Attracting new members through content marketing is tricky business, but it doesn’t have to be. Oftentimes, groups that use this marketing style find themselves publishing articles that get little to no traction, or the engagement doesn’t end with the person taking that final step to become a member.
According to Nadya Khoja, chief growth officer for Venngage, this lack of conversions is due to the marketer’s lack of content promotion. Khoja told the audience at Digital Summit New York City that the solution some companies turn to is extensive marketing through Facebook or Google Ads, which can be expensive, especially for smaller groups, and doesn’t lead to the organic growth most marketers covet.
Instead, there are four things you need to focus on when trying to increase membership through content marketing. Khoja calls it the GRAP framework, which stands for goals, research, authority and promotion.
“The first part of the GRAP framework is goals, specifically how to establish different goals for various types of content that you’re creating,” she said.
Google serves as the most important driver of new visitors to your website, so your content marketing goals should be targeted towards the platform. The three Google-oriented goals Khoja emphasizes are higher domain authority, more traffic and more conversions.
Research + Authority
Domain authority is the ranking system Google uses for websites. The main ways to increase a website’s authority is by earning higher quality press, and through domain sites linking back to your content. That is why Venngage creates what they call viral and editorial content. Khoja gives the example of her article, “14 Visual Content Marketing Statistics that You Need to Know for 2019,” as the kind of post that Entrepreneur or Mashable, both high-ranking domain websites, would link to on their pages because of her expertise and research-based, data-driven approach in that story.
At the same time, a group implementing content marketing should also be posting what Venngage calls “actionable and how-to content” to drive up non-referral traffic to its website. To create this kind of content, it’s important to consider what the audience has mentioned they’re struggling with and then write researched articles to help them overcome those struggles. These articles can be loaded with quality, related keywords that help Google’s algorithm recommend the how-to article when people search for related topics.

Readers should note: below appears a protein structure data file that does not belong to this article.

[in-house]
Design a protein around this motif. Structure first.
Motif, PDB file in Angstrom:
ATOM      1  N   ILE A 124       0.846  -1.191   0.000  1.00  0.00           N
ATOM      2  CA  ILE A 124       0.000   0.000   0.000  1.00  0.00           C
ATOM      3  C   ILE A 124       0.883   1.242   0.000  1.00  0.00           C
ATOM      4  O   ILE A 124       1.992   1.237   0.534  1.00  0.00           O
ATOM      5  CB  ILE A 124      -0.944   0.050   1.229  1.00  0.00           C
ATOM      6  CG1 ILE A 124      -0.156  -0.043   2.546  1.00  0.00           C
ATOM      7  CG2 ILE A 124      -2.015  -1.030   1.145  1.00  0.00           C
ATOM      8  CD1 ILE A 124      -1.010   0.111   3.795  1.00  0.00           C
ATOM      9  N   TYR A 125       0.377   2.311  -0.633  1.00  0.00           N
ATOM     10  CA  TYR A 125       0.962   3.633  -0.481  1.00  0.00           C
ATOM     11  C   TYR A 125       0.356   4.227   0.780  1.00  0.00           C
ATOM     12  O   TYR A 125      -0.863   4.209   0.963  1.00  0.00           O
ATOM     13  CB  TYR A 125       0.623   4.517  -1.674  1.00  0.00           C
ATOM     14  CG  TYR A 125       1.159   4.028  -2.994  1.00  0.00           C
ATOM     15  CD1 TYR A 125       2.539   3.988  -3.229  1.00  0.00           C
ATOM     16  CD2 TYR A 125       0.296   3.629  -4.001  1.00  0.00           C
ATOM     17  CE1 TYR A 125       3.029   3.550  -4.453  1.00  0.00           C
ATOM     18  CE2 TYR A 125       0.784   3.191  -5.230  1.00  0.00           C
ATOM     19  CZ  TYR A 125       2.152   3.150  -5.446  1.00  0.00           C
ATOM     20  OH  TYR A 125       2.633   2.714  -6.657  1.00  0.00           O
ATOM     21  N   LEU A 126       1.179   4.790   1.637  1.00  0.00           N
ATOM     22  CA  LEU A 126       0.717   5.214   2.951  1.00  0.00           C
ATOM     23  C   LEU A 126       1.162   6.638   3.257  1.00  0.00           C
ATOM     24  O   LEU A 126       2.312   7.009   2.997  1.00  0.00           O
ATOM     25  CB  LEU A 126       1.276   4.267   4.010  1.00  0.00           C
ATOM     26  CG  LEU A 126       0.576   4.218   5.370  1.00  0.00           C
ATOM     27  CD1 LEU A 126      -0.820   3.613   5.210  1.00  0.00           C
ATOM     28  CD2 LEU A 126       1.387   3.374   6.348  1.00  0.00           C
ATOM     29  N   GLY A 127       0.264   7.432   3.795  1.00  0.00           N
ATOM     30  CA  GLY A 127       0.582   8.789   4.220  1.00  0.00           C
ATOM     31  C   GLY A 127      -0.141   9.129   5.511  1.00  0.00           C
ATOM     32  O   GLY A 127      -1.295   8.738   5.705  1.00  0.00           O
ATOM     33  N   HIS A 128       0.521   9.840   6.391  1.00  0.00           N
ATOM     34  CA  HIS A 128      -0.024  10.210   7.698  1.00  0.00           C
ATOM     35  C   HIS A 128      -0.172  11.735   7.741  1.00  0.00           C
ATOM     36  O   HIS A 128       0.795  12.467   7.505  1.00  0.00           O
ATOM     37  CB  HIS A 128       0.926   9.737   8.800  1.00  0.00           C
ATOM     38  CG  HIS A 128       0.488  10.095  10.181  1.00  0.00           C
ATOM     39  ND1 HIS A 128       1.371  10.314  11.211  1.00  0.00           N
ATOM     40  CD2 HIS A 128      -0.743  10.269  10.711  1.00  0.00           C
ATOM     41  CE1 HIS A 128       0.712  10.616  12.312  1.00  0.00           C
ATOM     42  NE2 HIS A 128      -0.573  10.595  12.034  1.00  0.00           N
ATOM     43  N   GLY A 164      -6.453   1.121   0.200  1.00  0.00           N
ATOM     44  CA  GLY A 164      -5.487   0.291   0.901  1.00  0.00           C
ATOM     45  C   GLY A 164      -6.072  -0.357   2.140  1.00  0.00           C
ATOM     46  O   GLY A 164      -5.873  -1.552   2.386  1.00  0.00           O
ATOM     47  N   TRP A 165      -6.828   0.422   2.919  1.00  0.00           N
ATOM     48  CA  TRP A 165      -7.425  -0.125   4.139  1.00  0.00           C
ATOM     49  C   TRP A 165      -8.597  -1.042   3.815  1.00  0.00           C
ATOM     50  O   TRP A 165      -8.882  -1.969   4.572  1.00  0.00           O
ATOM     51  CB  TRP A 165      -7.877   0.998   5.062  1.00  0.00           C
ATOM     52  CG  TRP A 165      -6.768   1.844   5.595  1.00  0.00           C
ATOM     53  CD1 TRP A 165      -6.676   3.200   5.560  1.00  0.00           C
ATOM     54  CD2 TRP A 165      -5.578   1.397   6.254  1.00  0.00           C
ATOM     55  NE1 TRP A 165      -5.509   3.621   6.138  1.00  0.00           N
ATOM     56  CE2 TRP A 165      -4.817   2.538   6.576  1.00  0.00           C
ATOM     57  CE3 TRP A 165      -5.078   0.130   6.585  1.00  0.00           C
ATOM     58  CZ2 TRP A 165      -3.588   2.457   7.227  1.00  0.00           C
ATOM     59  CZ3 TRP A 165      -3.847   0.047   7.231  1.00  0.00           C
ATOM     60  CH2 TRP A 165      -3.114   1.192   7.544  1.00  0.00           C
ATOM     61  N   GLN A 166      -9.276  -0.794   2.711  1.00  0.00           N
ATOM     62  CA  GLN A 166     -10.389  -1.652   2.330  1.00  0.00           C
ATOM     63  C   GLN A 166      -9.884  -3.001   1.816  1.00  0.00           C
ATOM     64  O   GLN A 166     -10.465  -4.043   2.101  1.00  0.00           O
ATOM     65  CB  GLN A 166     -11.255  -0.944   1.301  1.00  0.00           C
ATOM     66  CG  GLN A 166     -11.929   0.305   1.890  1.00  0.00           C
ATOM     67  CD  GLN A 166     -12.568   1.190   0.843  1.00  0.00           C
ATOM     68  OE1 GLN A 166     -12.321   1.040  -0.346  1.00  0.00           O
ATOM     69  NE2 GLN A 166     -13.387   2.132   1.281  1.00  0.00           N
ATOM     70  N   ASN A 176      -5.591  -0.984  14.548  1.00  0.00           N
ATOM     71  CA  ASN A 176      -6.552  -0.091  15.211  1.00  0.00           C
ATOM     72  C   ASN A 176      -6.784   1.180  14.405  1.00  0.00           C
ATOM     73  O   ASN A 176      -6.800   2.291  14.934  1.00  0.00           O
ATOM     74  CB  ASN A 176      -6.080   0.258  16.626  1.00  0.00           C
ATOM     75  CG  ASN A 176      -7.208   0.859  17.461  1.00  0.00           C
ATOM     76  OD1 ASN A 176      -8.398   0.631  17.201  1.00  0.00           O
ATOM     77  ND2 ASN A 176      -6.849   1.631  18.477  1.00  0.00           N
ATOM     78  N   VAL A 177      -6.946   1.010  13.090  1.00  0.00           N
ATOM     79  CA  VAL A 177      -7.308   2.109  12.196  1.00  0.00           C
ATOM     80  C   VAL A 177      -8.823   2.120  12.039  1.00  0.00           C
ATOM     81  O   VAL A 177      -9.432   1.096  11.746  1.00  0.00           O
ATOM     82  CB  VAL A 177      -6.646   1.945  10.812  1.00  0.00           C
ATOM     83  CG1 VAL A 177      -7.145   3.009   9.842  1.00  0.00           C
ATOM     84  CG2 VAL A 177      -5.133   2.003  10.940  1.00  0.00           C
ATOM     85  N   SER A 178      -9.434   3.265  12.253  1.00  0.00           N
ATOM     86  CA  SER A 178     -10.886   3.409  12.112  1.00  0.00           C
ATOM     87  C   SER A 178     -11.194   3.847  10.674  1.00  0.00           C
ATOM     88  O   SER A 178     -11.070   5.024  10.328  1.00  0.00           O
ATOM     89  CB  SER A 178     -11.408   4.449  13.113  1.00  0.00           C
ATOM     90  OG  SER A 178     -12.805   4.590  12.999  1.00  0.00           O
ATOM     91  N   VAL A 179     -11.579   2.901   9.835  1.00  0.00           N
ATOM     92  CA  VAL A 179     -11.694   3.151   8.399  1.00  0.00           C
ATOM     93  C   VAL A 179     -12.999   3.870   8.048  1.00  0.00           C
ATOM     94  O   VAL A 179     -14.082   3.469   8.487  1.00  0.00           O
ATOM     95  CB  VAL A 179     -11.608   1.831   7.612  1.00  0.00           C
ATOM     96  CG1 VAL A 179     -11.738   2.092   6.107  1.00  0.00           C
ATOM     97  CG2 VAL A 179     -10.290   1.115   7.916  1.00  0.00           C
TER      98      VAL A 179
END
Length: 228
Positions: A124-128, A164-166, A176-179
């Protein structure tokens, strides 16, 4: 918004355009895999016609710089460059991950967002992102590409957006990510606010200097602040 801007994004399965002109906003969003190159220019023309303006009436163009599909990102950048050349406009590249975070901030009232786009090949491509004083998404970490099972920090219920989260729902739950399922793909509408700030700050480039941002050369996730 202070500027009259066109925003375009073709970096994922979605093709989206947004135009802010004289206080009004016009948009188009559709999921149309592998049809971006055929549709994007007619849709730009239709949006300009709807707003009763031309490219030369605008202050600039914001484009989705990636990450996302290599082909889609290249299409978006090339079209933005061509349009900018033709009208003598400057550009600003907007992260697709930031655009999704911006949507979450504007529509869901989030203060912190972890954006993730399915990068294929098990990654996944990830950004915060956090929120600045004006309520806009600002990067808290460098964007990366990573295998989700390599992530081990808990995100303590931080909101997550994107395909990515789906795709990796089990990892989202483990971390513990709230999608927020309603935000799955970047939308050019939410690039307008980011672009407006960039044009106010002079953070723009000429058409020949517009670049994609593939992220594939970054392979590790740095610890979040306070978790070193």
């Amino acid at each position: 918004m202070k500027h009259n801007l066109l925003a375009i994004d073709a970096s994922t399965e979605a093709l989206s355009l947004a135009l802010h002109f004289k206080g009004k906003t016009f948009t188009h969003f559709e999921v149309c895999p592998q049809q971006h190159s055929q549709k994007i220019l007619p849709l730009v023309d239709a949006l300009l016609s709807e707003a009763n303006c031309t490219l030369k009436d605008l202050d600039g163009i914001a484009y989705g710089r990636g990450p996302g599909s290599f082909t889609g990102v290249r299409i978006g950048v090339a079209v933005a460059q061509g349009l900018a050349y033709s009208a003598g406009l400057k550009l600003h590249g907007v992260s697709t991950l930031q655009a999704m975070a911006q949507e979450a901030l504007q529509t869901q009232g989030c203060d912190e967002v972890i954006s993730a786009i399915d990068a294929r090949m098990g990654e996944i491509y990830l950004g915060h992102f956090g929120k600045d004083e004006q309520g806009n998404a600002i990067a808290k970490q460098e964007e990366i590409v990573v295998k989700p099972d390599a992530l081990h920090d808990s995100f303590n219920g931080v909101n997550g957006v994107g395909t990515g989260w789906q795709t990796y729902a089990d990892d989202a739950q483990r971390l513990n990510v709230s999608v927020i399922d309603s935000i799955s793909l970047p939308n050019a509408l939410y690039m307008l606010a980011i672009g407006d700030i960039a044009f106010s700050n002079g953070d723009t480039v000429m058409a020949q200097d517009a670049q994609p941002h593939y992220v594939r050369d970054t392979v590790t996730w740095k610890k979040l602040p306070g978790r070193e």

Even then, Google still won’t rank a fledgling website that uses broad keywords like “leadership” highly. New websites should instead use more specific subcategories like “management skills” to increase their prevalence and carve out a unique authoritative niche.
The last element to success in content marketing is promotion. At most companies and organizations, people spend more time creating new content than promoting the content they’ve already created. In fact, Khoja’s analysis of works by other content marketers shows that only 500 out of 5,000 articles — just 10 percent — of the content on their website generates most of their traffic. The rule she gives her team at Venngage to solve this problem is if content takes a day to make, they should spend two to three days promoting it.
Ultimately, the goal of any good content marketer is ensuring the impactful, long-term growth of their association or company. By keeping association goals in mind, conducting proper market research, emphasizing the drive for authority and extensively promoting its content, your organization can increase online membership recruitment with its content marketing strategy.